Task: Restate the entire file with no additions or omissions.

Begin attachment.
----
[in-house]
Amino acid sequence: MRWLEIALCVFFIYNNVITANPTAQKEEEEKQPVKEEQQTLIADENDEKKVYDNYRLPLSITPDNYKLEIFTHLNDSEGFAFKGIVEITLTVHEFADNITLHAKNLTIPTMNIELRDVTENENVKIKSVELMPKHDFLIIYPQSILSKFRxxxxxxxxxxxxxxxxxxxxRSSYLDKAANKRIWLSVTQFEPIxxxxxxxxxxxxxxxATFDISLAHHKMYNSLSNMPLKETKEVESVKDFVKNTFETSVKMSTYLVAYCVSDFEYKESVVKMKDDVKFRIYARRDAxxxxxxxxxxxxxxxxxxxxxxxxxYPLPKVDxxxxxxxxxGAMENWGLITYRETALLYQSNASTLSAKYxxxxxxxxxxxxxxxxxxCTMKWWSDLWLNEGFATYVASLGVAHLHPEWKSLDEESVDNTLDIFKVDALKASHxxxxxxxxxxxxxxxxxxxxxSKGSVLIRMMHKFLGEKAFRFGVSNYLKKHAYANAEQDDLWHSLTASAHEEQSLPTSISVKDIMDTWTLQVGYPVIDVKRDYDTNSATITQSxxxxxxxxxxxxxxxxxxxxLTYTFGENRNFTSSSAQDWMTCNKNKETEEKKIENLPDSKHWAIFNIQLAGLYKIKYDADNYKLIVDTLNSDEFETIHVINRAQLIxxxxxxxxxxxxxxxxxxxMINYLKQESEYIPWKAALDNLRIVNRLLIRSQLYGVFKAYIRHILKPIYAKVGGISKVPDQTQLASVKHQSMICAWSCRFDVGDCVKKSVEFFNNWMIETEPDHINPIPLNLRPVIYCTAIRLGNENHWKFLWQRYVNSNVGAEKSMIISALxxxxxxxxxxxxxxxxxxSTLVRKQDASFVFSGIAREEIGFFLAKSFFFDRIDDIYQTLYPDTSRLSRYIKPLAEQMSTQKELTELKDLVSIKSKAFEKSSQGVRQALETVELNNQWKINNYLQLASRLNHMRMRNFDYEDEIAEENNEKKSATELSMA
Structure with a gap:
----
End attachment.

[in-house]
Amino acid sequence: MRWLEIALCVFFIYNNVITANPTAQKEEEEKQPVKEEQQTLIADENDEKKVYDNYRLPLSITPDNYKLEIFTHLNDSEGFAFKGIVEITLTVHEFADNITLHAKNLTIPTMNIELRDVTENENVKIKSVELMPKHDFLIIYPQSILSKFRxxxxxxxxxxxxxxxxxxxxRSSYLDKAANKRIWLSVTQFEPIxxxxxxxxxxxxxxxATFDISLAHHKMYNSLSNMPLKETKEVESVKDFVKNTFETSVKMSTYLVAYCVSDFEYKESVVKMKDDVKFRIYARRDAxxxxxxxxxxxxxxxxxxxxxxxxxYPLPKVDxxxxxxxxxGAMENWGLITYRETALLYQSNASTLSAKYxxxxxxxxxxxxxxxxxxCTMKWWSDLWLNEGFATYVASLGVAHLHPEWKSLDEESVDNTLDIFKVDALKASHxxxxxxxxxxxxxxxxxxxxxSKGSVLIRMMHKFLGEKAFRFGVSNYLKKHAYANAEQDDLWHSLTASAHEEQSLPTSISVKDIMDTWTLQVGYPVIDVKRDYDTNSATITQSxxxxxxxxxxxxxxxxxxxxLTYTFGENRNFTSSSAQDWMTCNKNKETEEKKIENLPDSKHWAIFNIQLAGLYKIKYDADNYKLIVDTLNSDEFETIHVINRAQLIxxxxxxxxxxxxxxxxxxxMINYLKQESEYIPWKAALDNLRIVNRLLIRSQLYGVFKAYIRHILKPIYAKVGGISKVPDQTQLASVKHQSMICAWSCRFDVGDCVKKSVEFFNNWMIETEPDHINPIPLNLRPVIYCTAIRLGNENHWKFLWQRYVNSNVGAEKSMIISALxxxxxxxxxxxxxxxxxxSTLVRKQDASFVFSGIAREEIGFFLAKSFFFDRIDDIYQTLYPDTSRLSRYIKPLAEQMSTQKELTELKDLVSIKSKAFEKSSQGVRQALETVELNNQWKINNYLQLASRLNHMRMRNFDYEDEIAEENNEKKSATELSMA
Structure with a gap: